Getting bulky won’t happen unless you want it to.
The number one excuse females give as to why they don’t lift is that they don’t want to “… get bulky.” Let me tell you what, those of us who lift regularly, take pre-workout in an attempt to improve performance, and consume protein drink after protein drink in an attempt to gain muscle mass, will assure you that you will NOT get bulky. Not without serious effort to get there anyways. If it were that easy, we would all be flexing 24-7. Here’s an easy way to think about it: using less weight and doing higher repetitions will help you tone your physique. Using heavier weight and doing lower repetitions will help you to build your muscles. Do what works best for you. Or better yet, use a combination to keep your body guessing.
Weight training doesn’t require hours of time.
Depending on your goals, weight training does not have to take up anymore time in the gym than you currently put in (unless of course you are attempting to join the ranks of Paige Hathaway, my fitness idol). Depending on your fitness goals, the time you need to spend in the gym each week will vary. But as a good starting point for someone who is serious about making progress, aim for at least 45 minutes, three to four times a week.
Just because you can’t see caloric burn doesn’t mean it isn’t happening.
One of the hardest parts about switching from cardio to weights was that I could no longer see the calories I was burning. But did you know that many of the cardio machines overestimate caloric burn… by a lot. The machines don’t account for your gender, height, body fat percentage and fitness level; all of the things that determine how many calories you are actually burning. Some studies show that equipment overestimates caloric burn by anywhere from 13 – 42% (depending on the equipment... elliptical machines tend to fare the worst). In a 1000 calorie burn sesh, that can be almost a 400 calorie difference. Put that doughnut back where you got it! Transitioning to weights means you will not be able to directly see your caloric burn, so you will need to start monitoring by how you feel (i.e. your heart rate and how out of breath you are). This is a much better predictor of exertion level than a digital, neon number on a screen anyways. And remember, as the amount of muscle mass you have increases, the higher your caloric burn will be throughout the entire day, not just when you are exercising.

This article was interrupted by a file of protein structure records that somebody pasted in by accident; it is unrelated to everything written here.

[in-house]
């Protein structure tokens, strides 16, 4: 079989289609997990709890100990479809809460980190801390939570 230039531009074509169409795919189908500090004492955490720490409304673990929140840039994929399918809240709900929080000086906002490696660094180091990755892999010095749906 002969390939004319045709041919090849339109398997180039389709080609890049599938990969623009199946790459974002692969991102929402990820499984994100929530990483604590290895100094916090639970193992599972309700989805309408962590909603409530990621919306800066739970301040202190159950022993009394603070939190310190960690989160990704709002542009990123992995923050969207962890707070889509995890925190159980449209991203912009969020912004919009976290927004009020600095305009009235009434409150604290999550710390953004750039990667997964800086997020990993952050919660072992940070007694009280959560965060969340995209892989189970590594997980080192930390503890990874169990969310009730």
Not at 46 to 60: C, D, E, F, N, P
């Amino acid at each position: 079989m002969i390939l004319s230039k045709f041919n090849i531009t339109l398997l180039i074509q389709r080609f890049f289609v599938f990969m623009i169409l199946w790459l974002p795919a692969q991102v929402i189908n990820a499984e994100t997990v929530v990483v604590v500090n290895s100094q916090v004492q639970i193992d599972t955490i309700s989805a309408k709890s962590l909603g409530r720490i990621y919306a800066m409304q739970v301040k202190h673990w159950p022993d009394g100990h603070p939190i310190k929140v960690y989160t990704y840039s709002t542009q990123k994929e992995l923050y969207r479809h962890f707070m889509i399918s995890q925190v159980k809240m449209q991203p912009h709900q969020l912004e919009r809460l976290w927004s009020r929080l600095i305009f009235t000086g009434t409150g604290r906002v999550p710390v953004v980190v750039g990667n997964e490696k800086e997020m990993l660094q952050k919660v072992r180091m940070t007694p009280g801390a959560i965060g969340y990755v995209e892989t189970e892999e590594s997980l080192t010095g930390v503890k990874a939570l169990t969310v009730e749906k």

You don’t need to change your diet, but you’ll probably want to.
With a new fitness regimen, you are smart to consider your diet. If you are used to super intense cardio sessions that burn a ton of calories, you will want to consider how decreasing these sweat sessions will affect your waistline in the short term. For the most part, your caloric intake may only need to go down slightly, if at all. But more importantly, what you may want to pay attention to, is protein consumption. When you switch from cardio to weights, remember that your body needs protein in order to fuel muscle growth. Figuring out the number of macronutrients (calories, fat, carbs, protein) to shoot for each day is complicated and varies greatly, depending on your body, your fitness, and the goals you are looking to achieve. For protein specifically, as a very standard rule, aim for 0.8 gams of protein per pound of weight when looking to tighten and tone your body (i.e. a female weighing 120 pounds should aim for 96 grams of protein each day). As you get more serious about your training, up that amount to 1 gram of protein per pound of weight. Take it slow.